Question: Sure, I mean, first just on the… on the statement you just have from the Spokesman for the Joint Special Envoy, just, I mean, and without obviously getting into what the response of Syria is… it says he’s gotten it and he is going to respond to it. Before he responds to it, does he check with the Secretary-General and with Nabil Elaraby of the League of Arab States, or is his response to it entirely up to him?
Deputy Spokesperson: Well, our Secretary-General is in regular and constant contact with Mr. Annan, so I would imagine that Mr. Annan will be discussing this with the Secretary-General and will be raising his observations and what he may plan to say.
Question: Sure, what I am asking is whether, before, because it says he will respond shortly. Is he… is the process for Kofi Annan to check with the two Secretary-Generals and then respond, or does he respond and then tell them how he responded?
Deputy Spokesperson: Well he has been appointed by both Secretaries-General, and he is in constant communication with them, so I imagine the conversation is ongoing. Please?
Question: Do you have some more information about the meeting of Secretary-General with Turkish Prime Minister? It says in the readout that on… the Cyprus and Syrian issues were taken up, and that’s all.
Deputy Spokesperson: Well, what we have is what is in the readout. That’s all we comment on for the conversation between the Turkish Prime Minister and the Secretary-General.
Question: Just a follow-up on that?
Deputy Spokesperson: Yeah.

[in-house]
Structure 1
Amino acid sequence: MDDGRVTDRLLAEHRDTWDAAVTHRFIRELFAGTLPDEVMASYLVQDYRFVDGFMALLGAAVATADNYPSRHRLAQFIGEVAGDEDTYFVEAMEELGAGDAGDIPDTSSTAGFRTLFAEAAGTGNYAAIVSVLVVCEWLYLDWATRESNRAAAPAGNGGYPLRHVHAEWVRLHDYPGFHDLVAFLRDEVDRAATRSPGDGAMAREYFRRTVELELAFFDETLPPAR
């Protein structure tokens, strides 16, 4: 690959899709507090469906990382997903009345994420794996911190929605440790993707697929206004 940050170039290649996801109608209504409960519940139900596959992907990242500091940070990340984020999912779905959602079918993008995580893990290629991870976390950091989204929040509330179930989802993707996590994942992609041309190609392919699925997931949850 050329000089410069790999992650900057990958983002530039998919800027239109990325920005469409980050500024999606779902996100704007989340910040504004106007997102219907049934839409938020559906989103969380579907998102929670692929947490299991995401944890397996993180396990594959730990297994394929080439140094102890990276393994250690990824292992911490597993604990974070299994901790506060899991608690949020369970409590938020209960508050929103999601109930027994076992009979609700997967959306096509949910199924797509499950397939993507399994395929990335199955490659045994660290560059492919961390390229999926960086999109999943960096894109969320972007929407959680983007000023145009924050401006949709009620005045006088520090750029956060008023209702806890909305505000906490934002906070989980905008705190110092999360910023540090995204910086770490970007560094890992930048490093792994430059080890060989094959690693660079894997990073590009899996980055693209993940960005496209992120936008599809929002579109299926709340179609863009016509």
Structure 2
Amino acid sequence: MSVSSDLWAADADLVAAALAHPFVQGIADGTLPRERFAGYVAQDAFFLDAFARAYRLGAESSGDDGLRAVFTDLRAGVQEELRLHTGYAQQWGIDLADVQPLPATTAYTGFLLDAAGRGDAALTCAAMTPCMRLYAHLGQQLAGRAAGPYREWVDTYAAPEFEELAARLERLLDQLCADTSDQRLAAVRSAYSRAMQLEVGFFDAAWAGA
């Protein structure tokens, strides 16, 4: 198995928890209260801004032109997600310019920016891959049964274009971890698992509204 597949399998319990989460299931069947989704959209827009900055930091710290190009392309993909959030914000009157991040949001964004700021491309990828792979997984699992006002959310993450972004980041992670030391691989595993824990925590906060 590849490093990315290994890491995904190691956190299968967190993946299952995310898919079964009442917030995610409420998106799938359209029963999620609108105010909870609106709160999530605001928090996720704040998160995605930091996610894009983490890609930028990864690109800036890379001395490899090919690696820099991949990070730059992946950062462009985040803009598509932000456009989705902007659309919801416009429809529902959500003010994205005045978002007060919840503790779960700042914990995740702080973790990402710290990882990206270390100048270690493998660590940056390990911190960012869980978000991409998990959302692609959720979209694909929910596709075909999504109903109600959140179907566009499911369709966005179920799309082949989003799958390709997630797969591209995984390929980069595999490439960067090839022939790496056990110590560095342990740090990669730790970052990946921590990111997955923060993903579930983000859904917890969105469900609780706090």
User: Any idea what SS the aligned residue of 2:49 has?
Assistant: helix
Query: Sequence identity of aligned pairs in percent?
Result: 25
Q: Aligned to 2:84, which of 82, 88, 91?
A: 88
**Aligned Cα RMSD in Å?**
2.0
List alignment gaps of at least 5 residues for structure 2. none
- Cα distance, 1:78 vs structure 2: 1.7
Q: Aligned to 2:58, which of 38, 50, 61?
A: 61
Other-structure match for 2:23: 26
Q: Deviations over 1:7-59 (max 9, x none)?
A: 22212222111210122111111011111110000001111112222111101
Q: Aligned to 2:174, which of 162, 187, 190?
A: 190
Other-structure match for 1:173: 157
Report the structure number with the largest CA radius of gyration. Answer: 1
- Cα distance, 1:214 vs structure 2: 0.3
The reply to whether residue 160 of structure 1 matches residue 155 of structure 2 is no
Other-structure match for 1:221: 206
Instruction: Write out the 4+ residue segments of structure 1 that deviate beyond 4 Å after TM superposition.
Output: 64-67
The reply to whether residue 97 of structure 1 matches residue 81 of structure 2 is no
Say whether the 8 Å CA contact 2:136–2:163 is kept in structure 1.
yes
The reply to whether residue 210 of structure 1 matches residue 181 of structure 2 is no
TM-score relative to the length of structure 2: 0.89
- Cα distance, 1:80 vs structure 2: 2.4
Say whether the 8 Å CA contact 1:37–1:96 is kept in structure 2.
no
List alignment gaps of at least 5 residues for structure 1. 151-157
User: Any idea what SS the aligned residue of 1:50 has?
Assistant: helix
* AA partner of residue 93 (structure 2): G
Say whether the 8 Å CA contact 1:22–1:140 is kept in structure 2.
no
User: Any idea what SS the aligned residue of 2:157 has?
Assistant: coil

Question: I just… to understand it, some of the readouts that have come out are much more detailed, true the Turkey one mentioned the two issues, it didn’t mention Palestine, anything else; the North Korea, the South Korea one was extensive, you know, many more sentences. Are these… is this a matter of… is the difference the amount of time that they spend on the meeting or do they check with the other? Does the Secretary-General check with the other party what should the readout look like, because they are very different readouts, and so we left kind of…
Deputy Spokesperson: Yes, normally…
Deputy Spokesperson: Normally, readouts are issued — as you know, these conversations are private, there is no media there. They enable both parties to have a frank and fruitful discussion, and they decide what they want to share with the media and what they want to keep private. As you know, some things are open to megaphone diplomacy, other things are open to telephone diplomacy, and we have certain things we want to keep private for the simple fact that they are sensitive.